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 ORIGINAL ARTICLE
Year : 2016  |  Volume : 53  |  Issue : 4  |  Page : 538-541

Squamous cell carcinoma of the upper aerodigestive tract in exclusive smokers, chewers, and those with no habits


1 Department of Head and Neck Surgery, Tata Memorial Hospital, Mumbai, Maharashtra, India
2 Department of Head and Neck Surgery, Narayana Hrudayalaya, Kolkata, West Bengal, India
3 Department of Head and Neck Surgery, Malabar Cancer Centre, Thalassery, Kerala, India

Correspondence Address:
S Thiagarajan
Department of Head and Neck Surgery, Malabar Cancer Centre, Thalassery, Kerala
India
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Source of Support: None, Conflict of Interest: None


DOI: 10.4103/0019-509X.204759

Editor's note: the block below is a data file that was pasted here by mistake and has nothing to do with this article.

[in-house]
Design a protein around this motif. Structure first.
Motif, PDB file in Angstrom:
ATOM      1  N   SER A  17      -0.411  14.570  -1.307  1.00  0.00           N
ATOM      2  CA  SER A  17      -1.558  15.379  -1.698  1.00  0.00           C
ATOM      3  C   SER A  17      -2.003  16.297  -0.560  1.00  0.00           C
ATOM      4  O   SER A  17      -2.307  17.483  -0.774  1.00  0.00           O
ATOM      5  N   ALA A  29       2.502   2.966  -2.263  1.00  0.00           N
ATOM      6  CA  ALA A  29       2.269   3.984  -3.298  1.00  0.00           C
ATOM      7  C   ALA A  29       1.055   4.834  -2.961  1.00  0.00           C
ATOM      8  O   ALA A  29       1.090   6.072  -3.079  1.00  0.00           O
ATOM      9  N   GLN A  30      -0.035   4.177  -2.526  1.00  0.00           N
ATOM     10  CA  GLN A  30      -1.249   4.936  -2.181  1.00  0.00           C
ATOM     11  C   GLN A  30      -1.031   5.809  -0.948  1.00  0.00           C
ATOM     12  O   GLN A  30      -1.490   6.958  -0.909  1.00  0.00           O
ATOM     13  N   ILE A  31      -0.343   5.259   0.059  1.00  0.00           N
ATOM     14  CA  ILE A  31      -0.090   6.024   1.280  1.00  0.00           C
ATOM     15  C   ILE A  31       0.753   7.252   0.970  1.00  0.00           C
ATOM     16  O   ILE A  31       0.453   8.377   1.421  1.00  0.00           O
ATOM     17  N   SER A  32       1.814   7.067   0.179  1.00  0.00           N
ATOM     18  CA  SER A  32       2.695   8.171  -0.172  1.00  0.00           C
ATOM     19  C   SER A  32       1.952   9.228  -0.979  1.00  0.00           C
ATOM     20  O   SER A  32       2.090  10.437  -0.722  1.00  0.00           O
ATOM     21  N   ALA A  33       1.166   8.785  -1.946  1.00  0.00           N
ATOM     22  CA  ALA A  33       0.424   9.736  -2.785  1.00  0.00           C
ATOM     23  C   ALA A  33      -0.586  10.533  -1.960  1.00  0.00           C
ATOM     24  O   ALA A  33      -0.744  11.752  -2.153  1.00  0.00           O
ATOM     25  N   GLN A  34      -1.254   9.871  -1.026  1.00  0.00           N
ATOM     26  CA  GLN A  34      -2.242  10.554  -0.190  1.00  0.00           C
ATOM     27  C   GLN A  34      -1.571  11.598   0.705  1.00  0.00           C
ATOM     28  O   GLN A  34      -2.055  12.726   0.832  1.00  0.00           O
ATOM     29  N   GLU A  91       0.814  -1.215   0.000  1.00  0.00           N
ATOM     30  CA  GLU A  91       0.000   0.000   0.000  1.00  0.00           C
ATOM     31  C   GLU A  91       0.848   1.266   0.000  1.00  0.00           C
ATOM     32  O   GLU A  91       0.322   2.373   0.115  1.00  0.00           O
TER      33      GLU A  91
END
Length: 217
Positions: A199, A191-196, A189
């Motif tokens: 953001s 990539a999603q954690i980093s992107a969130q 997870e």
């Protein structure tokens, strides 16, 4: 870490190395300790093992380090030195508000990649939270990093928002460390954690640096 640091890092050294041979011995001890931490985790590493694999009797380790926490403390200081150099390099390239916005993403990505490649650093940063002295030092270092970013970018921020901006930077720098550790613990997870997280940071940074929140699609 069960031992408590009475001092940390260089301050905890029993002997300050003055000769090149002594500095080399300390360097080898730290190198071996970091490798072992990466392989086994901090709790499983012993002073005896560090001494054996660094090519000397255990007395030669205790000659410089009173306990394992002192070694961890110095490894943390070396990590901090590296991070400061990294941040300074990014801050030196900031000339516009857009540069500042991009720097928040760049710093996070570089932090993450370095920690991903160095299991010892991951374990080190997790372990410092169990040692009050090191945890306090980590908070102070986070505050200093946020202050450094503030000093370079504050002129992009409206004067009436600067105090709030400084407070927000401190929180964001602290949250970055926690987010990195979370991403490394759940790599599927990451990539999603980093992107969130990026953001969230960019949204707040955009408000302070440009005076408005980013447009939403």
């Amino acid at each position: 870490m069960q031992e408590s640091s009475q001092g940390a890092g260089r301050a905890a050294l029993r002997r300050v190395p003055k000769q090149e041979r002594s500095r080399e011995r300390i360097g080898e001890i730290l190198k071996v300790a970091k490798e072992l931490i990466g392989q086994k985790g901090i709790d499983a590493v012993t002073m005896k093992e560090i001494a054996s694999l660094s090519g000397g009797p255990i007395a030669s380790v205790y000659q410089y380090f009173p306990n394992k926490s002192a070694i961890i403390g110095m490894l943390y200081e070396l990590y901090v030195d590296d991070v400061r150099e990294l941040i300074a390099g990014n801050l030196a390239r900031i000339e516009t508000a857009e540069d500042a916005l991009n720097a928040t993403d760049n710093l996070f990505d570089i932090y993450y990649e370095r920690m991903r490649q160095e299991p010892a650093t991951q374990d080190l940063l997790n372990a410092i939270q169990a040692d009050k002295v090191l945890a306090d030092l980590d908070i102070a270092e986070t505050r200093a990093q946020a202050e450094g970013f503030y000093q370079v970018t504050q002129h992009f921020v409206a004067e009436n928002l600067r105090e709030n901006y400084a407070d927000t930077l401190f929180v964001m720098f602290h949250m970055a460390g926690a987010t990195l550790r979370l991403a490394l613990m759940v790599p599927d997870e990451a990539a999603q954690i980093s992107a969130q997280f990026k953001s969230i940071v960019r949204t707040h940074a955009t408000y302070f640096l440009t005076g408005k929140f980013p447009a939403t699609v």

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BACKGROUND: Tobacco consumption is the major risk factor for developing head and neck squamous cell cancer (SCC). The site of development of HNSCC may depend on the way the tobacco is consumed. While laryngeal cancers are more common among smokers, oral cancers are more common among tobacco chewers. Since the use of smokeless tobacco is increasing, it is important to know whether this difference is restricted only to site wise distribution or it has other clinical and pathological implications. PATIENTS AND METHODS: We analyzed a prospectively collected dataset of HNSCC patients other than nasopharyngeal cancers attending our outpatient department at a single unit of the head and neck services at Tata Memorial Hospital, Mumbai, India, between January 2010 and September 2011. There were 747 eligible patients and were divided into three groups: Those with chewing as the only habit (chewers), those with smoking as the only habit (smokers), and those with no habits. Patients with regular use of alcohol were excluded from the study. The clinical and pathological parameters were analyzed. RESULTS: Of the 747 patients, the tobacco chewers formed 69.3% followed by smokers (19.5%) and patients with no habits (11.1%). Majority of smokers were men (98%). Site distribution revealed patients with chewing as the only habit had oral cancers (most commonly gingivobuccal complex cancers) as the most common site and those with smoking as the only habit had larynx as the most common site. In patients with no habits, oral tongue was found to be the most common site. No statistically significant pathological differences were observed in between these groups in patients who underwent surgery (n = 366) at the initial modality of treatment. CONCLUSIONS: There is a direct relationship between the form of tobacco use and site of appearance of HNSCC. However, there are no differences in clinical or pathological parameters between HNSCC caused by tobacco chewing or tobacco smoking.






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